A proposed asphalt plant meant to replace an aging facility in south Forsyth has some neighbors concerned.
Forsyth County officials have applied for a county-initiated zoning to build the proposed plant on nine acres on Granite Lane currently zoned for heavy industrial use and part of an existing quarry in the area. The application is set to come before the Forsyth County Board of Commissioners on Thursday.
Plans submitted with the application show the new plant being built about 0.7 miles from the current location.
In recent weeks, neighbors have come out strongly against the plant, and more than 6,300 local residents have signed an online petition opposing the plant because of its proximity to new residential developments, the project going through the fast-tracked county-initiated process, not all residents in the area being notified of the change and health risks from the new plant.
Neighbor Yun Chen said though the quarry and existing plant have been on the property for decades, the surrounding area has changed.
“The old plant, when it was first built, not that many residents lived nearby,” he said. “If you want the new plant, you have to reevaluate the situation right now, thoroughly, by considering the nearby community development in the recent 10 to 20 years.”
Forsyth County Commissioner Dennis Brown, who represents the area and was named in the petition, said he was somewhat surprised by the pushback and said there was some incorrect information in the petition, such as it being an all-new plant.
“It’s not a bigger plant, it’s the same size, same volume, same output, same conditions of operation, but it will be a newer, more improved, more environmentally sound, quieter, more efficient plant than the existing one,” he said. “It’s a win-win.”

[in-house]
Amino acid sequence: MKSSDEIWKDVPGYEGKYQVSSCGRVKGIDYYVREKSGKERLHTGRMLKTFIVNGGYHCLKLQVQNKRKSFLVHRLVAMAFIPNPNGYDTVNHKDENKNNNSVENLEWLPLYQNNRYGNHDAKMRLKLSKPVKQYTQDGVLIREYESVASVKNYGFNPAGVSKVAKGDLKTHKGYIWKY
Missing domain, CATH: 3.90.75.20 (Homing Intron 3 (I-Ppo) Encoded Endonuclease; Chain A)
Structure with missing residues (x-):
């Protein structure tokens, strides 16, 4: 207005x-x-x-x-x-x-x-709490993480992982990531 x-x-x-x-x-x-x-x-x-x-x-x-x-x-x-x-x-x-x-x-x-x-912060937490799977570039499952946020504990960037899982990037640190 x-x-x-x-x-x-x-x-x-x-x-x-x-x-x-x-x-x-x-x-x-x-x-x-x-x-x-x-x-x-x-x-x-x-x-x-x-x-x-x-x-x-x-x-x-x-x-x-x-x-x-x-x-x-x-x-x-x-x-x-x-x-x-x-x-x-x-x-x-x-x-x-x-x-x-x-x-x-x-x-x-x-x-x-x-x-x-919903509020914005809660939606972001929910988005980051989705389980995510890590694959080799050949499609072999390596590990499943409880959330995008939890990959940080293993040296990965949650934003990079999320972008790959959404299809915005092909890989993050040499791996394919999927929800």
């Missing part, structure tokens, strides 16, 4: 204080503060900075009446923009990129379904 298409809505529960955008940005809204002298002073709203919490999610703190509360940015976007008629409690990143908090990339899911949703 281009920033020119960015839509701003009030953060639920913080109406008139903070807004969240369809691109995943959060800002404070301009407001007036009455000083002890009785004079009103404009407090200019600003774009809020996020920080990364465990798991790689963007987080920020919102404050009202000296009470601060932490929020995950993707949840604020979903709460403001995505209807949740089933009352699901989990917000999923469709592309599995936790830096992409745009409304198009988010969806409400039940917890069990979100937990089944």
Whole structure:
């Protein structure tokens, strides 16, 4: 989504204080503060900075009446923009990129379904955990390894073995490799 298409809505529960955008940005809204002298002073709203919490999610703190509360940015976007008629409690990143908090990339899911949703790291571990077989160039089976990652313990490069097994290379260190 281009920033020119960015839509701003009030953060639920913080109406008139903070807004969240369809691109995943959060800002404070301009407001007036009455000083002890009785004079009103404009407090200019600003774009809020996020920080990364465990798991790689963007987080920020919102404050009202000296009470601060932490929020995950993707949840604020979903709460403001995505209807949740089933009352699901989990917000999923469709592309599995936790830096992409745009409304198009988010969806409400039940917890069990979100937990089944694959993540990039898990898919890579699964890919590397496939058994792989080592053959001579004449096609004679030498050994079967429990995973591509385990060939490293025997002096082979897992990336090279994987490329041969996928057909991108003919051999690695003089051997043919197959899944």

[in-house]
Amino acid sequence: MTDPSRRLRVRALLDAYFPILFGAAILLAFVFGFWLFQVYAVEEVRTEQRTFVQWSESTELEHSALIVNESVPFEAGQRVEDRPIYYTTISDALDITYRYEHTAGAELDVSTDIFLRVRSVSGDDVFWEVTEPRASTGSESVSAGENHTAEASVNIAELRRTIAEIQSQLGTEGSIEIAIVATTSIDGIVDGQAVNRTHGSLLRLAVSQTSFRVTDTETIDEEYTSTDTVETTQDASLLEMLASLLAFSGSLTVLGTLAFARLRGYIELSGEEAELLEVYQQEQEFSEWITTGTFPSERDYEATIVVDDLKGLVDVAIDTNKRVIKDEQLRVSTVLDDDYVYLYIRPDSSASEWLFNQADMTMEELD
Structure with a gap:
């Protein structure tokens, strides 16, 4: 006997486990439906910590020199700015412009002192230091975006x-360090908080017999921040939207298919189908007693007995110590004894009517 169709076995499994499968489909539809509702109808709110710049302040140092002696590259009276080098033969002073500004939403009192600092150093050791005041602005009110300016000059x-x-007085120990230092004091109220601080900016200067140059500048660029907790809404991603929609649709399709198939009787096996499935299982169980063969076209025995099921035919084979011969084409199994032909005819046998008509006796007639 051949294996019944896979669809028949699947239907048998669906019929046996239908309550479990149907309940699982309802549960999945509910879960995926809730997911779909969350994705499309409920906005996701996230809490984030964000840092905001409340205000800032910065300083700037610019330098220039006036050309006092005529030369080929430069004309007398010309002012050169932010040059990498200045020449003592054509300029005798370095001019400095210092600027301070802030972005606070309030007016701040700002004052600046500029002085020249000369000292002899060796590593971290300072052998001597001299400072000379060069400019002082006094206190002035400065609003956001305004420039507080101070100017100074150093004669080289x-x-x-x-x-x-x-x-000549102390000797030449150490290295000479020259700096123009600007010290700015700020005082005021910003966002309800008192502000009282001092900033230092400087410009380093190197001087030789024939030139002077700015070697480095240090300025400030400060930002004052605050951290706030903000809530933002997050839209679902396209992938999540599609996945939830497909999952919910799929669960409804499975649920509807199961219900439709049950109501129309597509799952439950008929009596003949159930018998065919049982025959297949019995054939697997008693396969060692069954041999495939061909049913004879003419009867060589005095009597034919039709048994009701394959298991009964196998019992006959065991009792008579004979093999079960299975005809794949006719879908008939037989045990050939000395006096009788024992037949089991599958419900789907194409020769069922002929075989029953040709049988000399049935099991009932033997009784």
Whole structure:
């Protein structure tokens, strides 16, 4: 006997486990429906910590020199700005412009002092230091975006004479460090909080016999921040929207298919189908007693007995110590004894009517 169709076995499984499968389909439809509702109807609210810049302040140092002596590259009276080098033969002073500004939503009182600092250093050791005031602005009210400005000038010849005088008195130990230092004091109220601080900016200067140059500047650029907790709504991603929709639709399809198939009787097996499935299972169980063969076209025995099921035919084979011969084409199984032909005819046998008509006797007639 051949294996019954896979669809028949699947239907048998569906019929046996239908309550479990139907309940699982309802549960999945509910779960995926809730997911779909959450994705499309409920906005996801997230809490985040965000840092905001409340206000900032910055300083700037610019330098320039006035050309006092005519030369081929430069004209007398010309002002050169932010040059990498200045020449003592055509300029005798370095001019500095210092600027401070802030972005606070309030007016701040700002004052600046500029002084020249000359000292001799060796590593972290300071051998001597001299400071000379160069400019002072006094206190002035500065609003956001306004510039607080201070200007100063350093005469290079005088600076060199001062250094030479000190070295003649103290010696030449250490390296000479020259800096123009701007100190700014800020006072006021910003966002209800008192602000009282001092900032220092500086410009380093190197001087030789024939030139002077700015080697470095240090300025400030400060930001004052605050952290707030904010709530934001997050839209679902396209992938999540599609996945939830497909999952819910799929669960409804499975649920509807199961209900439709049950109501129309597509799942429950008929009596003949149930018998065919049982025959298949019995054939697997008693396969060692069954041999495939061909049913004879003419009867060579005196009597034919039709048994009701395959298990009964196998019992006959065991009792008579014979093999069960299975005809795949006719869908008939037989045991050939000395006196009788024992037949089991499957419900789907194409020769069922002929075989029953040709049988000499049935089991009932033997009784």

Neighbors had called for CW Matthews to go through the typical zoning process, rather than one initiated by the county, to give residents more time to look over the proposals.
While that appears unlikely, Brown said he is planning to recommend at Thursday’s meeting that commissioners wait to make a decision.
“I’m going to ask for another public hearing jointly with the planning and zoning board and a decision put off until December,” Brown said.
An asphalt plant across the street from Myers Elementary School on Candler Road was approved by the Hall County Board of Commissioners in April despite similar concerns from residents.
Marietta-based Baldwin Paving Co. wants to build an asphalt drum mix plant, which mixes rock, asphalt cement and other fillers, on the 10-acre site.
The Hall County Planning Commission had recommended denial of the request on Feb. 18.
Commissioners approved the plant under the condition that trucks not access the property from Roy Parks Road. Trucks also will not be allowed to enter or leave the property during Myers Elementary’s arrival and dismissal times.